Thursday, December 30, 2010
Earlier this month, I attended the AGU Fall Meeting and presented the first results of our Mariana vent larval study. Click HERE for our abstract #OS13G-07, "Larval abundance and dispersal at deep-sea hydrothermal vents in the southern Mariana Trough." At the end of the talk, I showed a short video clip of live larvae, which you can view HERE (wmv file, ~4MB). Happy new year!
Friday, September 17, 2010
The photo at left shows Guam on the starboard horizon, as we were returning to land on Sept. 15th. After our gear was safely unloaded onto a flat-bed truck, Susan and I caught a bus with our colleagues to the Guam Hilton. We had the good fortune to relax for a day, including snorkeling in the warm clear waters, and then we had to say goodbye. In Japanese there are so many different ways to say goodbye, but I am hoping that we can say "Jaa, mata" (jahh-mah-tah), which is an informal way of saying "see you again." This cruise was an incredibly enriching experience - both scientifically and culturally. Susan and I look forward to working on our samples and data back at home in Woods Hole.
Wednesday, September 15, 2010
14-Sep-2010. Today our Chief Scientist Kojima-san returned to Snail site to recover our JAMSTEC collaborators’ demersal plankton pump on Dive 1228. Accompanying Kojima-san on the dive was our cruise mascot, “Gori-san” (shown in photo). We are hoping that Gori-san brought us good luck and that we will have a lot of biology work to do this evening, the last night at sea. I would like to again thank the Captain and everyone on board R/V Yokosuka who helped make this cruise such a great success. Arigatou gozaimasu (ah-ree-gah-tohh goh-zah-ee-mah-soo).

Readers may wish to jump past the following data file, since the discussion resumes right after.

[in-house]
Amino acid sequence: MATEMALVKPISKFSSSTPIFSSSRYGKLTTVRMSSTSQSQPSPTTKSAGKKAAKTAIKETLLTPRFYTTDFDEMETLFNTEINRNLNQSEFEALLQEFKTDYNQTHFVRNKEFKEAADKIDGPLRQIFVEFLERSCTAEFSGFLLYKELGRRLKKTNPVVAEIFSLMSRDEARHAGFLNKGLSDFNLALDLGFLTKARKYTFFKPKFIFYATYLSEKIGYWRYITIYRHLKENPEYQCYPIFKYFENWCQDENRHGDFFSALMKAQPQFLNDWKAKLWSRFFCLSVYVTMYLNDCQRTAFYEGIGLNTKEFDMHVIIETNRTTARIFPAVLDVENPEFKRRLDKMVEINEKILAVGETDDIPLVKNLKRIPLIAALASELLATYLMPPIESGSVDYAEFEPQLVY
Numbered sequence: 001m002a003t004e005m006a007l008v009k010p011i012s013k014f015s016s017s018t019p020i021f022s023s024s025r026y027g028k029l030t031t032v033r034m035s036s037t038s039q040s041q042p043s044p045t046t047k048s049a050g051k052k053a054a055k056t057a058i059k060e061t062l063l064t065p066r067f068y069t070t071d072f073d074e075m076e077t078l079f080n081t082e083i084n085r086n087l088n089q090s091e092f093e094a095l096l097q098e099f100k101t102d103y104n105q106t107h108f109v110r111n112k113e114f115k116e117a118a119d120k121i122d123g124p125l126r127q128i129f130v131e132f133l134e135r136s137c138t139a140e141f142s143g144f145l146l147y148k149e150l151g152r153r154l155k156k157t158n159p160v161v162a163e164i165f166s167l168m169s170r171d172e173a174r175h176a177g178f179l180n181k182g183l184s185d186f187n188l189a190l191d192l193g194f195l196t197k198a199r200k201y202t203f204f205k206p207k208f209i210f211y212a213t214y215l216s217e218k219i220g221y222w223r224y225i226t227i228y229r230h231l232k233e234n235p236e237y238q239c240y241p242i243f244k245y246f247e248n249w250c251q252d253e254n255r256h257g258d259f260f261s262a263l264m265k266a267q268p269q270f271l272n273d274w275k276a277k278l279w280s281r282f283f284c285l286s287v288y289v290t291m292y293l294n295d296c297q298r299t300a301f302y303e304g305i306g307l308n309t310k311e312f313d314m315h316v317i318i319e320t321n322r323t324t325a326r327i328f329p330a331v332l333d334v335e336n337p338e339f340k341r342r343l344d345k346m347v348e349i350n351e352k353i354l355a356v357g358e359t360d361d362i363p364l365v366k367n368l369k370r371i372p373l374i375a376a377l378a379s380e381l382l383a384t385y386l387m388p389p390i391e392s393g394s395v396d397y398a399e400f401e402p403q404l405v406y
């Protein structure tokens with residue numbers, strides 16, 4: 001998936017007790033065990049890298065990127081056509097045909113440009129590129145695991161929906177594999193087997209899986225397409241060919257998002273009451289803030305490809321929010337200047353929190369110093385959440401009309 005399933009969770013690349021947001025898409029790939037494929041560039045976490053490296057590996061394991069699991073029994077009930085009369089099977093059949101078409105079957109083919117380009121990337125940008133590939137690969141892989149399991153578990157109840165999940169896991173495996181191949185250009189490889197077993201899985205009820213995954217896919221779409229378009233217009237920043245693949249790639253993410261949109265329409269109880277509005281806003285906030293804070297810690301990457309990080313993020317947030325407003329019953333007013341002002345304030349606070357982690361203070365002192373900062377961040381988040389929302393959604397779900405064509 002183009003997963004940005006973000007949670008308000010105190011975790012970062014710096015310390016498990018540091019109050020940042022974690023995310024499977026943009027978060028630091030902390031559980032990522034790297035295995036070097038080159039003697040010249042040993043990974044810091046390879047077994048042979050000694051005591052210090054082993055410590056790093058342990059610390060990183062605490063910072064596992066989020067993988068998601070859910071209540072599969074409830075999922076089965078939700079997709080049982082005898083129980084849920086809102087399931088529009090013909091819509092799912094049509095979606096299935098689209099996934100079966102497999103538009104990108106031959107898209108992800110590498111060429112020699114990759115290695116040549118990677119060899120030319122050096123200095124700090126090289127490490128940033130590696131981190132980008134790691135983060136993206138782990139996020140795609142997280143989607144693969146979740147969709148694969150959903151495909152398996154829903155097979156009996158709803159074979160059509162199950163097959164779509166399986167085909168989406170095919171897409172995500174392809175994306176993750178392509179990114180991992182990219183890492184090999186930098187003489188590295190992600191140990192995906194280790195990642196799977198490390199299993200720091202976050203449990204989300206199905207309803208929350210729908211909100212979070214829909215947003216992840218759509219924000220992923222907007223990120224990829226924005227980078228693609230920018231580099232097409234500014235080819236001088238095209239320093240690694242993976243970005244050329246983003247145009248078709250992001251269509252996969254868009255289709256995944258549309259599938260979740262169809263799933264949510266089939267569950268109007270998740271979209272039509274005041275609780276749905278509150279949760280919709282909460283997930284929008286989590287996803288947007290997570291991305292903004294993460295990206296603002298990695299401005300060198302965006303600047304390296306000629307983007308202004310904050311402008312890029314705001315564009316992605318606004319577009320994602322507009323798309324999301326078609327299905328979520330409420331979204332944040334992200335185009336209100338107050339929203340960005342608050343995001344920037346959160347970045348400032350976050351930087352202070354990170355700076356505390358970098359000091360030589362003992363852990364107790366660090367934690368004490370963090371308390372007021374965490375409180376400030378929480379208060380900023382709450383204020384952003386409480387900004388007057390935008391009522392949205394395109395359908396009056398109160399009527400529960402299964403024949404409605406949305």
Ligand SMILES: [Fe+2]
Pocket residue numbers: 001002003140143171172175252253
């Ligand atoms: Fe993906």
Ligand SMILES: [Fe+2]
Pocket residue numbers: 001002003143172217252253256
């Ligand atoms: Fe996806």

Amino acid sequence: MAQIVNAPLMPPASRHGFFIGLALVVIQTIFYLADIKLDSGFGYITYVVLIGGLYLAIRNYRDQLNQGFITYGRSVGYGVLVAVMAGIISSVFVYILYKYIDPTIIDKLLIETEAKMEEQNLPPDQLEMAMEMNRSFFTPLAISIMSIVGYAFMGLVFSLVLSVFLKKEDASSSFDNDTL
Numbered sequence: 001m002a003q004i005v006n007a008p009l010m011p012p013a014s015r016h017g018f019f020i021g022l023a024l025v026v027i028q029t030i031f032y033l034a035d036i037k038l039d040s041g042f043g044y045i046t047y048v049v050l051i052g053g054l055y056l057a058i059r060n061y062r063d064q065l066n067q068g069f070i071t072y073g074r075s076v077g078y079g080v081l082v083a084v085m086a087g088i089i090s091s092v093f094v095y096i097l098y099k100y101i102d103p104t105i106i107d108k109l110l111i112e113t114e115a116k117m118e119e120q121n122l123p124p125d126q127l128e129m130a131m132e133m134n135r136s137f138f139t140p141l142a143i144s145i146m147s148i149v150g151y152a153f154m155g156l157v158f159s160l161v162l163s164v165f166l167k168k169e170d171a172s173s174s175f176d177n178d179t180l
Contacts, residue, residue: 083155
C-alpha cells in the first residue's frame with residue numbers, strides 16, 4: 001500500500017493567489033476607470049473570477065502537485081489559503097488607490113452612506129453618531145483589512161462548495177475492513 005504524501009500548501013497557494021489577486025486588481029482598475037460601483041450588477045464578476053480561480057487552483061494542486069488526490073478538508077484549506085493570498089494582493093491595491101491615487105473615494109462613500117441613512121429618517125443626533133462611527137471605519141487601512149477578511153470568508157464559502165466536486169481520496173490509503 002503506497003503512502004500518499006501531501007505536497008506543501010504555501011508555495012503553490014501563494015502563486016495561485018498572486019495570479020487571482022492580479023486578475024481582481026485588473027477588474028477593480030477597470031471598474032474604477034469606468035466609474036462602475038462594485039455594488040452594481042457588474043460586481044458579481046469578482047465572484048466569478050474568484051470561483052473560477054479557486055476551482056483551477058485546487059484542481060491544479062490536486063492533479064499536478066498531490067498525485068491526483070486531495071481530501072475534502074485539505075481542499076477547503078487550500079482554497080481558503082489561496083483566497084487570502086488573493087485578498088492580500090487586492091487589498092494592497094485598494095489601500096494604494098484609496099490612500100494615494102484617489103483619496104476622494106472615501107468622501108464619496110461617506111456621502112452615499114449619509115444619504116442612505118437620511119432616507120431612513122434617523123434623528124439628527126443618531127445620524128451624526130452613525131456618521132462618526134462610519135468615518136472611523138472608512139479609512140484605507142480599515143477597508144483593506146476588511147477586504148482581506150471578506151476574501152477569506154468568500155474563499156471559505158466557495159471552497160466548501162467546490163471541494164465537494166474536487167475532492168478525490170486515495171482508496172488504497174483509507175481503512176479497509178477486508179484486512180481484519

|Sunset rays above Philippine Sea|
Tuesday, September 14, 2010
Monday, September 13, 2010
|Photo courtesy JAMSTEC|
Friday, September 10, 2010
Wednesday, September 8, 2010
Today I am so thankful and appreciative of the opportunity to dive to the seafloor at Archaean Vent. We were successful in placing the JAMSTEC demersal plankton pump near an active vent with a robust faunal community. In the photo taken before the dive, you can see me and my collaborator Hiromi Watanabe standing next to the pump on the Shinkai basket (the pump has reflective tape on the frame). Accompanying me on Dive 1223 were pilot Chida-san and co-pilot Yanagitani-san (see photo inside of Shinkai). The third photo below shows sampling at one of the active black smokers atop the Archaean sulfide mound.
|Photo courtesy JAMSTEC|
|Photo courtesy JAMSTEC|
Tuesday, September 7, 2010
). Yokosuka is a large research vessel, about 100 m in length, and holds a crew of about 30, plus 13 members of the Shinkai operations team and 15 scientists.
Today we were very pleased to meet the other scientists for cruise YK10-11. In the photo, from left, are the biologists: Takenori Sasaki, Shigeaki Kojima (our Chief Scientist from University of Tokyo), Hiromi Watanabe (our collaborator at JAMSTEC), me, Tomomi Ogura, Hiroka Hidaka, MiHye Seo, Florence Pradillon(our collaborator at JAMSTEC), and Sayaka Mino (Susan is taking the photo).
Tuesday, August 31, 2010